While in Philippines and some other areas Spanish was later replaced by English and some local languages, it is still one of the most widespread languages in the world.
Spanish is a an official language in 21 countries other than Spain, including such states as:
Consequently, Spanish is the second most used mother tongue worldwide, with a total of above 400 million native speakers:
- Mexico contains the largest population of Spanish speakers with 114 million
- followed by the United States with ca. 50 million
- then followed closely by Colombia, Spain and Argentina in respective order
Spanish is one of the six official languages of the United Nations, also used as an official language by:
- the European Union
- also the Organization of American States
- along with the Union of South American Nations
- the Community of Latin American and Caribbean States
- and a number of other international organizations.
Globally, more than 450 million people speak Spanish, a language which has become the second most important language of international communication and the third most used on the internet.
According to an Instituto Cervantes study, it is expected that by 2030 around 7.5% of the world’s population will be Spanish speakers.
Thus, only Chinese would exceed Spanish in terms of the number of native speakers.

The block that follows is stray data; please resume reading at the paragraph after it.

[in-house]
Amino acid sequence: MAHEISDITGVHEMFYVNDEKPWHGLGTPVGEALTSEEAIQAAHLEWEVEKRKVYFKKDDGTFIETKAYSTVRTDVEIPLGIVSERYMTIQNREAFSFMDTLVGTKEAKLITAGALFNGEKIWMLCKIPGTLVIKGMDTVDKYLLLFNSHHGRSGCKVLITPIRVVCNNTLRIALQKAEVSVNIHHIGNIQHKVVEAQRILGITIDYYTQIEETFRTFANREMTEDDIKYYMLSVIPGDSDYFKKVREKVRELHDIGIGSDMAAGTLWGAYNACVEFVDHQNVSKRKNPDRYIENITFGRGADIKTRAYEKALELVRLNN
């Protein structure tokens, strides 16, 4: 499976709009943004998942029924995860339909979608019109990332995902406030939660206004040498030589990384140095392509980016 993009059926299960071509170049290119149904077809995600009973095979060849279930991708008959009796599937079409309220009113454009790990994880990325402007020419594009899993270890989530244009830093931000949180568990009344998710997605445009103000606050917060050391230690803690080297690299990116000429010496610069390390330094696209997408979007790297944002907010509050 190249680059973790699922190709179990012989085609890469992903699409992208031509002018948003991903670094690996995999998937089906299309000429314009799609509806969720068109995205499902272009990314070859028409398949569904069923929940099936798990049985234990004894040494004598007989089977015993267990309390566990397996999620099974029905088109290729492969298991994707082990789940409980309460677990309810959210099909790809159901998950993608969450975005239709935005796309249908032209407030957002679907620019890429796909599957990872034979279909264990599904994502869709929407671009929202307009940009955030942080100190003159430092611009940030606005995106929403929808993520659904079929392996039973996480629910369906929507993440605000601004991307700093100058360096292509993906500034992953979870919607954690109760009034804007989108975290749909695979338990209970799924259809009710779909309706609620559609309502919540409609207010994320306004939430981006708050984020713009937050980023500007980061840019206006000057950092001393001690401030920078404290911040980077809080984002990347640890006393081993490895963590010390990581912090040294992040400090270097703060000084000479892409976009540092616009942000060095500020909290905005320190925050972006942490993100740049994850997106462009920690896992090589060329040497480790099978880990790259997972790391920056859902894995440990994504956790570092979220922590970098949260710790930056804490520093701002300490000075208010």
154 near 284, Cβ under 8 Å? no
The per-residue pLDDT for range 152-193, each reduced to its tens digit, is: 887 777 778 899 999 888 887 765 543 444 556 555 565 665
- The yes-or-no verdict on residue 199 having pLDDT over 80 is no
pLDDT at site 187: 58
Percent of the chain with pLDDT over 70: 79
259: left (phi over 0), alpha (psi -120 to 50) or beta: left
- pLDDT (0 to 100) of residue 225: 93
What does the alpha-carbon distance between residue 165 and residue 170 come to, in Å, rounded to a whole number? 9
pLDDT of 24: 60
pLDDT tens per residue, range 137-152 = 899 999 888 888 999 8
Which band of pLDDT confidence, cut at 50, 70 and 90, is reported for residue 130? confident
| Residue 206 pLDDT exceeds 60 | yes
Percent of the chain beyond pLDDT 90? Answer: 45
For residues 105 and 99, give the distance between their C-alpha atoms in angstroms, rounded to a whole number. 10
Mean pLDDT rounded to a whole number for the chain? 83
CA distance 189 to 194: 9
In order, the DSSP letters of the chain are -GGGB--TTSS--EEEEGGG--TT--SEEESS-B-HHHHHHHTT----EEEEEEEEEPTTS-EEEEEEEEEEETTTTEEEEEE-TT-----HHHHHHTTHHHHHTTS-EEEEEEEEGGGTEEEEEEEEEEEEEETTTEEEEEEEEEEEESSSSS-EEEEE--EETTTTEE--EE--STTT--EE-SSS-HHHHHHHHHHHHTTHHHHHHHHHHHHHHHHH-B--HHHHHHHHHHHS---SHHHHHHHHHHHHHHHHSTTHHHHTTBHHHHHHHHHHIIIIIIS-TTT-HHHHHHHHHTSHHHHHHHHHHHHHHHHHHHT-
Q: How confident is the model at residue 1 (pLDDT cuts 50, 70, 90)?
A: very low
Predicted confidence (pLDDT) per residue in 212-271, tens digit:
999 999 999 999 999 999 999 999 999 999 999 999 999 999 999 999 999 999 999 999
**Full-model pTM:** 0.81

This study also concludes that, in three or four generations, 10% of the world population will understand Spanish.
Studying Spanish in schools and universities has grown in popularity, and it is becoming increasingly popular in Asia, reflecting its importance in global markets.
The growing interest for the language and for its future impact is obvious as Spanish is currently the third most studied language among foreigners, only behind English and French, and ahead of German.
This means that around 20 million people study Spanish as a foreign language, and the numbers are growing.
One of the reasons for such popularity is also the fact that Spanish is fairly easy to learn, especially when it comes to spelling, reading and speaking.
Still, when learning Spanish, one should be reminded of the words of the most famous Spanish writer – Miguel de Cervantes Saavedra: “Diligence is the mother of good fortune”.
Spanish is a phonetic language, which means that one pronounces letters consistently as each letter represents a certain sound.
While the majority of Spanish words are derived from Latin (around 75%), the language that has had the second biggest influence on Spanish is Arabic, so that ca. 8% of Spanish vocabulary is of Arabic origin.
Today, however, the foreign language exerting the most influence is English.
Spanish is written in the Latin script, with the only addition of the character ñ (eñe – palatal nasal ‘n’).
Due to its Latin origin, Spanish is closely related to other Romance languages such as:
Sharing grammatical structure and similarities in vocabulary.
Also, while there are some variations between the Spanish spoken in Spain and the Latin American Spanish, mainly shown in pronunciation and intonation, however these would not impede mutual understanding nor communication.